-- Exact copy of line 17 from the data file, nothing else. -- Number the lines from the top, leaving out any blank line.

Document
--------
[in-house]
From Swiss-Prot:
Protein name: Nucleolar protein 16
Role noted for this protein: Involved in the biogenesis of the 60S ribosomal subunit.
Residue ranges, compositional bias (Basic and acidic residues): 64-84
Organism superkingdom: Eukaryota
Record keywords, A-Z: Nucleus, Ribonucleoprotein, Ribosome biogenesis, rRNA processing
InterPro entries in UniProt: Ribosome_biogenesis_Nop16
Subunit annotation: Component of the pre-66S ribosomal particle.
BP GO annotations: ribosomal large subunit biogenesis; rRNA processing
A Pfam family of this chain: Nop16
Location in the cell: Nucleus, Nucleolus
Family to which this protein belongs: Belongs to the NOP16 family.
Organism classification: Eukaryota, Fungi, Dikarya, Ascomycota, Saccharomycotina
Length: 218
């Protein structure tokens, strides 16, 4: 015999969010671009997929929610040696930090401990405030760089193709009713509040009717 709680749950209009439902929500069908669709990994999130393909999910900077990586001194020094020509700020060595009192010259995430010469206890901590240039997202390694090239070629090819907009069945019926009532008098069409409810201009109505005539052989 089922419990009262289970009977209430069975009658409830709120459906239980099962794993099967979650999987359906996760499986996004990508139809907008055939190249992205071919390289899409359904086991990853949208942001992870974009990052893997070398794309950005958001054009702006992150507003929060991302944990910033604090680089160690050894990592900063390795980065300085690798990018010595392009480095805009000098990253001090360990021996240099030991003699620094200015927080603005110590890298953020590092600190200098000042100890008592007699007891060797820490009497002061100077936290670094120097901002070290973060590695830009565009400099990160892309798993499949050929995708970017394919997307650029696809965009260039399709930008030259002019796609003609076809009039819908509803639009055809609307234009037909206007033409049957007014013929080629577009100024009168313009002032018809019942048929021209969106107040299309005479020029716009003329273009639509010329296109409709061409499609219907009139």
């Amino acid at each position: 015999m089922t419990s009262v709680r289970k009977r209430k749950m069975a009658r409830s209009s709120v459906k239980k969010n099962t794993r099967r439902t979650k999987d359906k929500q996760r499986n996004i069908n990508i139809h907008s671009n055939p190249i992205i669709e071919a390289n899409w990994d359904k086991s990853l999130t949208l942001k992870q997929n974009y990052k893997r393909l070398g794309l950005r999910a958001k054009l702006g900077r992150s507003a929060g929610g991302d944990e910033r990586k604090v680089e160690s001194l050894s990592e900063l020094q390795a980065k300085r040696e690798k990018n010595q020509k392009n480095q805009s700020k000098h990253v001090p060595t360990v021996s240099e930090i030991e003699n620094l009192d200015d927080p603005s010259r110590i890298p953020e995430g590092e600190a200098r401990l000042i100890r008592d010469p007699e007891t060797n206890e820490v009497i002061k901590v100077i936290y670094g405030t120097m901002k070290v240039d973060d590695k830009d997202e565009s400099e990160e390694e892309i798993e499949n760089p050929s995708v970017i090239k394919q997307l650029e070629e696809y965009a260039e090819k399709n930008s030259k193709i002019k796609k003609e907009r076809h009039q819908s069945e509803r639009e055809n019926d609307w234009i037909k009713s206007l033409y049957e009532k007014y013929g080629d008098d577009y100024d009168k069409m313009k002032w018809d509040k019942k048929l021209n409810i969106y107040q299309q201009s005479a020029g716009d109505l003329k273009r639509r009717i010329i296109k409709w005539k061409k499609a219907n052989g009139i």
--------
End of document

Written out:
């Amino acid at each position: 015999m089922t419990s009262v709680r289970k009977r209430k749950m069975a009658r409830s209009s709120v459906k239980k969010n099962t794993r099967r439902t979650k999987d359906k929500q996760r499986n996004i069908n990508i139809h907008s671009n055939p190249i992205i669709e071919a390289n899409w990994d359904k086991s990853l999130t949208l942001k992870q997929n974009y990052k893997r393909l070398g794309l950005r999910a958001k054009l702006g900077r992150s507003a929060g929610g991302d944990e910033r990586k604090v680089e160690s001194l050894s990592e900063l020094q390795a980065k300085r040696e690798k990018n010595q020509k392009n480095q805009s700020k000098h990253v001090p060595t360990v021996s240099e930090i030991e003699n620094l009192d200015d927080p603005s010259r110590i890298p953020e995430g590092e600190a200098r401990l000042i100890r008592d010469p007699e007891t060797n206890e820490v009497i002061k901590v100077i936290y670094g405030t120097m901002k070290v240039d973060d590695k830009d997202e565009s400099e990160e390694e892309i798993e499949n760089p050929s995708v970017i090239k394919q997307l650029e070629e696809y965009a260039e090819k399709n930008s030259k193709i002019k796609k003609e907009r076809h009039q819908s069945e509803r639009e055809n019926d609307w234009i037909k009713s206007l033409y049957e009532k007014y013929g080629d008098d577009y100024d009168k069409m313009k002032w018809d509040k019942k048929l021209n409810i969106y107040q299309q201009s005479a020029g716009d109505l003329k273009r639509r009717i010329i296109k409709w005539k061409k499609a219907n052989g009139i």